We treat direct messages on Twitter as private conversations. Last night’s hack shows that isn’t the case.
Hackers briefly seized control on Wednesday of the Twitter accounts of several high-profile users — Elon Musk, Bill Gates, Barack Obama, Joe Biden, and more — and used the accounts to push a rather transparent Bitcoin scam. The social media company has returned control to the users — but not before the intruders had the opportunity to access private messages.
We detected what we believe to be a coordinated social engineering attack by people who successfully targeted some of our employees with access to internal systems and tools.— Twitter Support (@TwitterSupport) July 16, 2020
On Thursday morning, Motherboard reported that one or more Twitter employees had given the hackers access to the accounts via an internal company tool. It’s not the first time that a Twitter insider has sold this kind of access. In 2015, Saudia Arabia bribed two Twitter employees to gain access to perhaps 6,000 accounts to help the Saudi government hunt dissidents abroad, according to a 2019 Justice Department filing. Since some of the accounts were linked to Washington Post columnist Jamal Khashoggi, there’s a possibility that the user info Saudi government obtained could have played a role in Khashoggi’s murder.
Chris Kennedy, the chief information security officer for cybersecurity company AttackIQ is suspicous of the insider attack theory. "Though plausible, it’s more likely a twitter admin's remote work systems were compromised and their admin credentials collected through some form of 'man-in-the-middle attack.' and the attackers used those credentials to logon as an admin via remote access - just like the admin would," he told Defense One. "These types of techniques are common across the spectrum of low level to state-sponsored attackers. Given the entire world has basically pivoted to remote work, it’s probable even twitter didn't have good protections from this kind of attack in place, especially if they too recently pivoted to universal remote work without aligning their security and identity protection program with it.”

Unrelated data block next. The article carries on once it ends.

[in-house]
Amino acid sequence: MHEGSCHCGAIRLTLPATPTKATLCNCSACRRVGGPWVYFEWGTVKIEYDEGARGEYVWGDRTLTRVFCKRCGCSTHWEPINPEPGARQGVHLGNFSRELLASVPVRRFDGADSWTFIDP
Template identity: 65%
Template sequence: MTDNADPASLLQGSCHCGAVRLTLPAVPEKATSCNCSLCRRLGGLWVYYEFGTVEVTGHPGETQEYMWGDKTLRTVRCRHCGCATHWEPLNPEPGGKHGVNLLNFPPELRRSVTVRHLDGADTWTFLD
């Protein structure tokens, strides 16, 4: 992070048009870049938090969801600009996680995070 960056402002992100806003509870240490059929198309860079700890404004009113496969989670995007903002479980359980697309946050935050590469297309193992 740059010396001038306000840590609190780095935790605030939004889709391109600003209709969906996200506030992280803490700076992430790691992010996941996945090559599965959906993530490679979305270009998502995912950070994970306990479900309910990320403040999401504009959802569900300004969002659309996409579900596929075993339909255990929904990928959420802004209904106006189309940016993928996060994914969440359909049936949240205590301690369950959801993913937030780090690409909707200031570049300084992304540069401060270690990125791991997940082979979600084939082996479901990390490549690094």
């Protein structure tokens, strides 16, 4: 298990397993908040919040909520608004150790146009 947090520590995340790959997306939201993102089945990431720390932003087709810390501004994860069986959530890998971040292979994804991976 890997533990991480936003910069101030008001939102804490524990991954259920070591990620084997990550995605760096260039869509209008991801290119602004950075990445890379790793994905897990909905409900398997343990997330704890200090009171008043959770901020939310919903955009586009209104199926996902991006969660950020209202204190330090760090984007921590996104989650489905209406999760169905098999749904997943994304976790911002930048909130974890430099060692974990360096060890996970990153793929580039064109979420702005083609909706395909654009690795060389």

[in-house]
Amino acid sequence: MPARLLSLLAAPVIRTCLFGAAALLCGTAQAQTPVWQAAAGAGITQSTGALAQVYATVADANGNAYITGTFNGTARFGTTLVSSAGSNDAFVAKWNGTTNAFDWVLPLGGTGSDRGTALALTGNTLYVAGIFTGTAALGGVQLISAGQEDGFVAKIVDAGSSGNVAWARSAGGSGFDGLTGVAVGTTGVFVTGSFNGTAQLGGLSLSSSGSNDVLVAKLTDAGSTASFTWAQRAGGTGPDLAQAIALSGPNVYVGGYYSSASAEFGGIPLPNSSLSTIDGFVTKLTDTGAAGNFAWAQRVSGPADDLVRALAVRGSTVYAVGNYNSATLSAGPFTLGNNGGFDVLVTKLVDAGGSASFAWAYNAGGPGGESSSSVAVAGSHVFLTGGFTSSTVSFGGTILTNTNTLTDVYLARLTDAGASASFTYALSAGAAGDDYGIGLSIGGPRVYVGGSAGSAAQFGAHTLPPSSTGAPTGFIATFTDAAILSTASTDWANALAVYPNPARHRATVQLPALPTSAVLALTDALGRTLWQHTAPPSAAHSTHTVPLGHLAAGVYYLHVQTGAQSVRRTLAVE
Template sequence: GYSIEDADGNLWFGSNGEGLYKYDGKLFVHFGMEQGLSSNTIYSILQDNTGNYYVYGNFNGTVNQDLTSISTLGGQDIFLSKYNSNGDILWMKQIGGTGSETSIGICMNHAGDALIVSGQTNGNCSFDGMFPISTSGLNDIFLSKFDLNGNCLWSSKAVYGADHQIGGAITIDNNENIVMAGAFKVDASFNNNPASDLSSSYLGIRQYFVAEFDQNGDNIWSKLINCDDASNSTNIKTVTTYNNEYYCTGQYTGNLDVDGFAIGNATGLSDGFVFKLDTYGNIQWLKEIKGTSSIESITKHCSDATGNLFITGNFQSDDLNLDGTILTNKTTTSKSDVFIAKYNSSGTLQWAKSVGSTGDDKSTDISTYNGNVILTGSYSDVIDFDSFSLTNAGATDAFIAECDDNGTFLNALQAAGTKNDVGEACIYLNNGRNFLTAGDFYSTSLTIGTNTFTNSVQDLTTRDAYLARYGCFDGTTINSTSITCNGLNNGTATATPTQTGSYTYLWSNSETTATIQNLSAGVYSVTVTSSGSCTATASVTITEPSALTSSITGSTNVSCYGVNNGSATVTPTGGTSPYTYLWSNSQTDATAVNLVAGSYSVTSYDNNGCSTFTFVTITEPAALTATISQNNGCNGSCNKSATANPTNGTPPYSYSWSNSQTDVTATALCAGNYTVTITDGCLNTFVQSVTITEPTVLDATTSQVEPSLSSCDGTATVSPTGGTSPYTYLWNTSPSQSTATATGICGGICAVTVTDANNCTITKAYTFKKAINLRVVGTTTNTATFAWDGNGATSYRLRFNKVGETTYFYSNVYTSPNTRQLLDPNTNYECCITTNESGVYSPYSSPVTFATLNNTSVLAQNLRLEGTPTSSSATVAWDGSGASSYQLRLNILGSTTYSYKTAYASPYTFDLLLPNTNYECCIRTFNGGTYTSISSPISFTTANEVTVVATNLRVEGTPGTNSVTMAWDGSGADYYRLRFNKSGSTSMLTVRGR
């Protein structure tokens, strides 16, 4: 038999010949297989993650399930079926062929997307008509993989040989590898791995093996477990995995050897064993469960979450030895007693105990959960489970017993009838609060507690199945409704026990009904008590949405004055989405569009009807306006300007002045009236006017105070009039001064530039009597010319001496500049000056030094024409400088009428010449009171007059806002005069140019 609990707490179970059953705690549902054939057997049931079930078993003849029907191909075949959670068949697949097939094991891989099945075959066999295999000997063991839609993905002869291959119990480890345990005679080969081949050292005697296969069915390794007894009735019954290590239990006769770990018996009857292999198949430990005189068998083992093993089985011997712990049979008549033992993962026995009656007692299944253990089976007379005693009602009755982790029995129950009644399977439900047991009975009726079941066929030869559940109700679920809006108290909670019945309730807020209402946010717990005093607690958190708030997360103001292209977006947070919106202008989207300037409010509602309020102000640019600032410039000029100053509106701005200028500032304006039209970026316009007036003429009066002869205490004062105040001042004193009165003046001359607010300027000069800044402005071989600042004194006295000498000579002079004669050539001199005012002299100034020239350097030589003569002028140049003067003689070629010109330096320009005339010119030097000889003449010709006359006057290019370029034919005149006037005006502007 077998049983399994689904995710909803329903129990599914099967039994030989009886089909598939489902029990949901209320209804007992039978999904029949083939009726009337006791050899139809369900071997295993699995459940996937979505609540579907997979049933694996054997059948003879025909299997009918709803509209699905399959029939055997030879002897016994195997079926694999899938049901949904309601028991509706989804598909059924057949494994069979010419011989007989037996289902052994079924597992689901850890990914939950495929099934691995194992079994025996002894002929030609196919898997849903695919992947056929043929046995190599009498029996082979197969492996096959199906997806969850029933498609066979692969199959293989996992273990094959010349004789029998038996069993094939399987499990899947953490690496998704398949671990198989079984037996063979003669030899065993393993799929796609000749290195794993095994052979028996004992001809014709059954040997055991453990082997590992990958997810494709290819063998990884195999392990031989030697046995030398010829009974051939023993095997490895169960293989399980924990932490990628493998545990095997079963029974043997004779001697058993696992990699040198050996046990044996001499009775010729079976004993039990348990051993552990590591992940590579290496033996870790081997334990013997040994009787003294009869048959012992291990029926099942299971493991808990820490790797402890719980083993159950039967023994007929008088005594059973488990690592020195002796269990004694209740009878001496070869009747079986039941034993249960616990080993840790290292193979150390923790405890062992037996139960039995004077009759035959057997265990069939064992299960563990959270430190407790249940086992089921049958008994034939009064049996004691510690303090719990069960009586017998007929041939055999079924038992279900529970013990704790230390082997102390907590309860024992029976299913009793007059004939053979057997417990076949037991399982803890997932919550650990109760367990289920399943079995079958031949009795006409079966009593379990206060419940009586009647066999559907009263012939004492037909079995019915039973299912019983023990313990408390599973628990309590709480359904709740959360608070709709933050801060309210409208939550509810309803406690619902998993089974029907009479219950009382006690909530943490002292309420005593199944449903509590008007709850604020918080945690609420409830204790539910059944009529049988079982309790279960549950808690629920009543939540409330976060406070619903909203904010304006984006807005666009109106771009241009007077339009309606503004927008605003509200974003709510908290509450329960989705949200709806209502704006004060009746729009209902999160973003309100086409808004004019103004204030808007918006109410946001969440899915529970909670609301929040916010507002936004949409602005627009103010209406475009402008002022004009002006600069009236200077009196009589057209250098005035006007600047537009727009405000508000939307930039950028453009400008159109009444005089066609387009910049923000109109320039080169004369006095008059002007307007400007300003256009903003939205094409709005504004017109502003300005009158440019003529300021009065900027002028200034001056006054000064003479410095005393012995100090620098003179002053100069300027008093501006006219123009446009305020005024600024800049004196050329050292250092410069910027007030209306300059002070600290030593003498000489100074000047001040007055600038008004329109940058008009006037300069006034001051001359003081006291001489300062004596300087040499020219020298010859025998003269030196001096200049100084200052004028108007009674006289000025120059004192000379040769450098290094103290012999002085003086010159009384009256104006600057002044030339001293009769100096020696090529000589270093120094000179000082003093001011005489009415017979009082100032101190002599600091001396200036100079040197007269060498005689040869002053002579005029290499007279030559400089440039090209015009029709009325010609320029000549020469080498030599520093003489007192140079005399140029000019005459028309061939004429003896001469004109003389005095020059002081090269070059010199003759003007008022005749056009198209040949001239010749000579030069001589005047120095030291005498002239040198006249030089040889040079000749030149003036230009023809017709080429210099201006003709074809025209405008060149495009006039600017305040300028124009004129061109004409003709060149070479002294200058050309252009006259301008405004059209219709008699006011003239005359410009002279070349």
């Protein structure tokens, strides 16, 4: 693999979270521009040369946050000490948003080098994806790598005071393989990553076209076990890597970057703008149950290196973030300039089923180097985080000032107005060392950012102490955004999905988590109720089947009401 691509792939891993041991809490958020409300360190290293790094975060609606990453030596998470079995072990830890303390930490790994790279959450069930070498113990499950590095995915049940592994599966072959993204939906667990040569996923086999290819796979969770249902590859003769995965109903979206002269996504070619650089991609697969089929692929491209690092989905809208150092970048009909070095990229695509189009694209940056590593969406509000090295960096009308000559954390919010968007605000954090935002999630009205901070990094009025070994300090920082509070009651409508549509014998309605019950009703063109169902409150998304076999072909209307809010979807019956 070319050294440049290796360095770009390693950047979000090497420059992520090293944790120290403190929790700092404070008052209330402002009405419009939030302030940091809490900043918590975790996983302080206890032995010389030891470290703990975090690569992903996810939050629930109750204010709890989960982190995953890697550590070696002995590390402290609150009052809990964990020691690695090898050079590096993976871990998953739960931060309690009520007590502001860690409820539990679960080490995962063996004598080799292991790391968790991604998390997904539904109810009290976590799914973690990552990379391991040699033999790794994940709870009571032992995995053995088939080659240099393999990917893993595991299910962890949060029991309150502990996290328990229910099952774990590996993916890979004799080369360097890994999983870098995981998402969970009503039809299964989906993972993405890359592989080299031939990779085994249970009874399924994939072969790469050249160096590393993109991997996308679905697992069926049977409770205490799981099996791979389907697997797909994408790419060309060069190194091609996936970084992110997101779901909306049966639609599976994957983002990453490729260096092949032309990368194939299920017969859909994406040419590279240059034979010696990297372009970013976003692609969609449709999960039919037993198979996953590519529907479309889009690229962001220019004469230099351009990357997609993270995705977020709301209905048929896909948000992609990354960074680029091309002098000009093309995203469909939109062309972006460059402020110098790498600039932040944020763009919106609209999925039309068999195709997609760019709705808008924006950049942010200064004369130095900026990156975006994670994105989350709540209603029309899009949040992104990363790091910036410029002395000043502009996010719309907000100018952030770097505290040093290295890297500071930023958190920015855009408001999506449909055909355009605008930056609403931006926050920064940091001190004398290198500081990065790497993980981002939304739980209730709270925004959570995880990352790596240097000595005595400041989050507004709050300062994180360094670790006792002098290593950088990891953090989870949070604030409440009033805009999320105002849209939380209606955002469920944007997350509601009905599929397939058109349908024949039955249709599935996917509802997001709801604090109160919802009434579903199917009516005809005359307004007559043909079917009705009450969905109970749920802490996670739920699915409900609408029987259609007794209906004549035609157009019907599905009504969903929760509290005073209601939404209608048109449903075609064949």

Wednesday’s hacking episode now appears resolved; service to the accounts has been restored and even Joe Biden is poking fun at the incident. But the nature of the hack suggests that there may be more to come. Because the hackers achieved password access to the accounts there's a strong likelihood that they were also able to see — and thus steal — direct messaging information, private conversations that the account holders had with others.
Most users expect that direct messages on Twitter, while exposed to the company administrators, are otherwise private. That assumption can lead users to engage in conversations that are better conducted over encrypted accounts or messaging services like Signal. The 1974 Privacy Act does apply to Twitter direct conversations, as they are password-protected. But a simple warrant is all that’s necessary for law enforcement to view them, or a greedy insider for someone else.
Consider Roger Stone’s Twitter messages with Wikileaks in September 2016 as well as with Guccifer 2.0, an entity that later turned out to be Russian military hackers, and the role those conversations played in the investigation into Stone. But Twitter DMs have sent other, less high-profile leakers to jail as well. In July 2019, a DIA employee discussed giving classified information to defense journalists Amanda Marcias and, later, Courtney Kube, using Twitter direct messaging. He later pleaded guilty to sharing the information and is currently serving a 30-month prison sentence.
Some lawmakers have suggested that Twitter direct messages should be encrypted. That argument grew stronger on Wednesday.
The perpetrators of yesterday’s hack may now have private conversations that they’ll be able to reveal at their discretion, or worse, manipulate and then publicize in order to create a false appearance. The only real defense that victims have in such situations is to reveal their private conversations themselves, before the hackers do.